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NATO Arrests Serb Politician, Holds Man on War Crimes Charges

By Charles Trueheart
THE WASHINGTON POST -- PARIS

A senior Bosnian Serb politician who reportedly ran the machinery of ethnic cleansing against Bosnian Muslims and Croats in northwest Bosnia in 1992 was arrested by British NATO troops Tuesday morning and flown to The Hague to stand trial on war crimes charges.

Radoslav Brdjanin, who subsequently became a deputy prime minister of Bosnia’s peacetime Serb Republic, was detained without incident by British soldiers in the Bosnian city of Banja Luca around 9:30 a.m., according to a Maj. Gordon Welch, a spokesman for the NATO-led international Stabilization Force (SFOR).

Agence France-Presse news service reported that Brdjanin and his wife were stopped in their car at an SFOR roadblock, and that he submitted peacefully to the arrest.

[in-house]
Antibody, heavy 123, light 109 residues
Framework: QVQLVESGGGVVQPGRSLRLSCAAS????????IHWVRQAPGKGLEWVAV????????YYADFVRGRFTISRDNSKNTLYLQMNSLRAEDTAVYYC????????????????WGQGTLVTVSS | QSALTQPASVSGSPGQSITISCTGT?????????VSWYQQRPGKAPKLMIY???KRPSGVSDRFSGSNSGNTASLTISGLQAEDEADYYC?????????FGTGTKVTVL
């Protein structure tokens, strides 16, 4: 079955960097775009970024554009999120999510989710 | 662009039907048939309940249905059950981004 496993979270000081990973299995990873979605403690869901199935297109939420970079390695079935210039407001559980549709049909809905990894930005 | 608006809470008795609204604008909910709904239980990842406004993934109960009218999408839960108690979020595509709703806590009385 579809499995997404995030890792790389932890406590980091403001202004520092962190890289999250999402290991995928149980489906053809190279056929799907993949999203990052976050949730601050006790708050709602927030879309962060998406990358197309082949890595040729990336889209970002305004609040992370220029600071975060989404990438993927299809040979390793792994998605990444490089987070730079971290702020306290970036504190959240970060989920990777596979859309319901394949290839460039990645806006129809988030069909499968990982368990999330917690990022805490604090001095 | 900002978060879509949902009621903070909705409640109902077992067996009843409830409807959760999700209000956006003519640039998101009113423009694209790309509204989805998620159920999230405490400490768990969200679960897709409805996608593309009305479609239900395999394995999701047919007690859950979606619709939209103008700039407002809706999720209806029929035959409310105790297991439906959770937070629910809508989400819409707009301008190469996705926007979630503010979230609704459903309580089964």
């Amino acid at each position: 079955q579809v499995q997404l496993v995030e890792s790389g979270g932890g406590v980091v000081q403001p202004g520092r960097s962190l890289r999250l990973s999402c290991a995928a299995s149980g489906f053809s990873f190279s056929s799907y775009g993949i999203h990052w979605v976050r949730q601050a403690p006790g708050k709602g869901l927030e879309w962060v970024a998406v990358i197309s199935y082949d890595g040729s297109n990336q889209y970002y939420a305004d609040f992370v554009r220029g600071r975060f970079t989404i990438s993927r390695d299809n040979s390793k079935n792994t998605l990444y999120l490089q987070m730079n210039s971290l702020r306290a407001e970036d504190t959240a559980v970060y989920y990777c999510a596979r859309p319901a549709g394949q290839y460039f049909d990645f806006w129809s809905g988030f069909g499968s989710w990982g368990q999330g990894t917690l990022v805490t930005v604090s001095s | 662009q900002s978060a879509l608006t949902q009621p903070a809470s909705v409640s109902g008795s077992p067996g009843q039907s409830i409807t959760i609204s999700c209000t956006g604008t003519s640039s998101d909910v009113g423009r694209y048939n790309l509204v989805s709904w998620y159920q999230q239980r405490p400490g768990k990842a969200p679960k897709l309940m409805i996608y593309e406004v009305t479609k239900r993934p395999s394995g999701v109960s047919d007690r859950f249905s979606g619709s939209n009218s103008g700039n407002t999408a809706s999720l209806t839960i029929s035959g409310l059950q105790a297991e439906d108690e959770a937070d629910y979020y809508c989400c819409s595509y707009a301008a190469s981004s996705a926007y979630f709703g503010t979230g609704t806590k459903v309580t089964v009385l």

Brdjanin is charged with planning, ordering and committing killings, beatings, detentions and deportations of Muslims and Croats from the Krajina region around Banja Luca during the first nine months of the 1992-1995 Bosnian war, according to Welch.

The March 1999 indictment of Brdjanin is among an unknown number of sealed indictments, issued secretly by the United Nations’ autonomous International Criminal Tribunal for the former Yugoslavia.

The tribunal’s recent investigative resources have been devoted almost exclusively to prosecuting war crimes in Kosovo. On May 27, it announced the indictment of Yugoslav President Slobodan Milosevic and four of his associates for alleged crimes against humanity in the Serbian province.

Tribunal prosecutors and their spokesmen have warned that the five face additional charges--perhaps for their role in the earlier war in Bosnia--and that others will be indicted in the immediate future.

Chief prosecutor Louise Arbour has pressed NATO simultaneously to demonstrate to Milosevic and other war crimes suspects in Serbia that the alliance is serious about bringing suspected criminals from the Bosnian conflict to justice.